If a split trial has not been ordered, and expert evidence is needed in order to assess the value of the claim, for example expert advice on care needs, therapy needs, etc., then quantum experts will have been instructed to see you and prepare reports, which should be available at this stage. Normally, quantum experts are instructed jointly by us and by the Defendant.
A Schedule of loss and expense (sometimes called a Schedule of Special Damage) will be prepared, incorporating all the items of loss and expense to date and in the future which the quantum experts have identified.
We may also need to prepare for you a further witness statement (a quantum statement) setting out in detail the medical history, and confirming the items of loss and expense set out in the Schedule.
The Defendant has to serve a Counterschedule saying which items in the Schedule are agreed, and why the remaining items are disputed.
By now a trial date will have been set, and the parties will be looking to settle the claim before the substantial cost of trial is incurred. Often at this stage a round table meeting takes place, when the parties and their legal representatives try to negotiate a settlement. In a birth injury case, any settlement will be subject to the approval of the court, since a minor or someone who is mentally incapable of managing their own affairs does not have legal capacity to approve a settlement themselves.
If no settlement is reached before the date fixed for trial, then the trial takes place. You will be represented by your barrister, and the court will hear evidence from you and the other lay and expert witnesses in order to decide whether the claim should succeed.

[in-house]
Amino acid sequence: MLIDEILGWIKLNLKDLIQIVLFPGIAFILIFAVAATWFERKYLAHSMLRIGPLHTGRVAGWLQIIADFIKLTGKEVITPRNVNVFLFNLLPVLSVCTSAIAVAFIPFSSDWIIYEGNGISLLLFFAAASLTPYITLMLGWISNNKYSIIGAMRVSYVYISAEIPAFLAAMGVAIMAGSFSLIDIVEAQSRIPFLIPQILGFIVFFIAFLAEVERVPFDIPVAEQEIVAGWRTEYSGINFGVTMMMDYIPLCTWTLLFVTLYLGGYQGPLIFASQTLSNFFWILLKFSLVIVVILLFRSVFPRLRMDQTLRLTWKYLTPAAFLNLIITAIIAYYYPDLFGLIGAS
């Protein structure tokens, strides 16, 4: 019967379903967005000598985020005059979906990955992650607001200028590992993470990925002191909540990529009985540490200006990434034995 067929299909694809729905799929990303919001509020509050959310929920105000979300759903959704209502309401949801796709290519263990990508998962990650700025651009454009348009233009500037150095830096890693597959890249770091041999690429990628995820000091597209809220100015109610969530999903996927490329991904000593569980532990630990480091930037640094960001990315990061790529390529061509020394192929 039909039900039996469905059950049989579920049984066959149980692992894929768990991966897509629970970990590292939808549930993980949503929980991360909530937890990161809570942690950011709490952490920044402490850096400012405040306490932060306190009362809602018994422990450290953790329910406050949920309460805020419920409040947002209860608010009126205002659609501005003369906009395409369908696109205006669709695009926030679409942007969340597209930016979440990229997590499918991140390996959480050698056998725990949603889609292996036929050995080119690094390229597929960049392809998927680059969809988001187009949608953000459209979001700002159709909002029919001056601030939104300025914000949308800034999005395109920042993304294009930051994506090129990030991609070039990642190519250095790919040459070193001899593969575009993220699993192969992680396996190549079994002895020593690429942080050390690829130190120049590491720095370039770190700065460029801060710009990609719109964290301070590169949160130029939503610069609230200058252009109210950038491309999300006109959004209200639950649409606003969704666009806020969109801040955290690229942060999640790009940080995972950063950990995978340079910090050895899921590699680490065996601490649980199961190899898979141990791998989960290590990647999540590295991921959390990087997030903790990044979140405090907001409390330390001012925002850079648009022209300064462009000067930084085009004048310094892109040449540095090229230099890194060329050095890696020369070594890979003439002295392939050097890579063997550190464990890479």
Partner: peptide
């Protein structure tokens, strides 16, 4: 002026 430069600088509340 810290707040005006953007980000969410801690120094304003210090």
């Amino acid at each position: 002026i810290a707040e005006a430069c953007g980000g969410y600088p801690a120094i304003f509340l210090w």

Resolving the claim
Most claims are resolved by negotiation rather than by trial. The advantages of a settlement over a trial are that the claim can be concluded that much more quickly, and the outcome is one which you have had an opportunity to consider and agree. At trial, the evidence does not always go the way one expects it to, and surprising results do occur. The outcome of trial is ‘all or nothing’, and clinical negligence cases are seldom sufficiently clear-cut to justify taking the risk of ending up with nothing. In acting for you, we will do our best to negotiate a settlement of the claim on the best terms available, while at the same time pursuing it to trial without delay.
The time limit for taking court proceedings
In birth injury cases where the claim is made on behalf of the child, the time limit for commencing court proceedings does not end until:-
the child’s 21st birthday, except where the child is unlikely ever to be able to manage his or her own affairs, when time does not run; or
three years after the child’s death.
We will monitor the limitation period for you to ensure that the relevant period is not overlooked, but you should be aware of the period also.
The need for patience
Clinical negligence claims can often take a long time to resolve. Particularly with birth injuries, it can take a long time to establish how bad an injury is, and if your child is likely to be left with any permanent symptoms. The period varies according to the severity of the injury. In birth injury cases, it may take five years for the claim to be concluded, or even longer in certain circumstances.
The other main factor which causes delay is the length of time it takes to obtain all the expert evidence necessary to support the claim. In addition to experts dealing with liability, we may also need to call experts to establish the extent of the injuries, and that they were caused by the negligence alleged.
We will do what we can to resolve your claim in the shortest possible time. It is not, however, in your interests for a claim to be settled too soon. Once a claim has been settled, it is too late to ask your opponent to pay more money if the injury subsequently turns out to be more serious than was thought at the time we settled. You should not agree to settle the claim until the prognosis is clear from the medical evidence which has been obtained.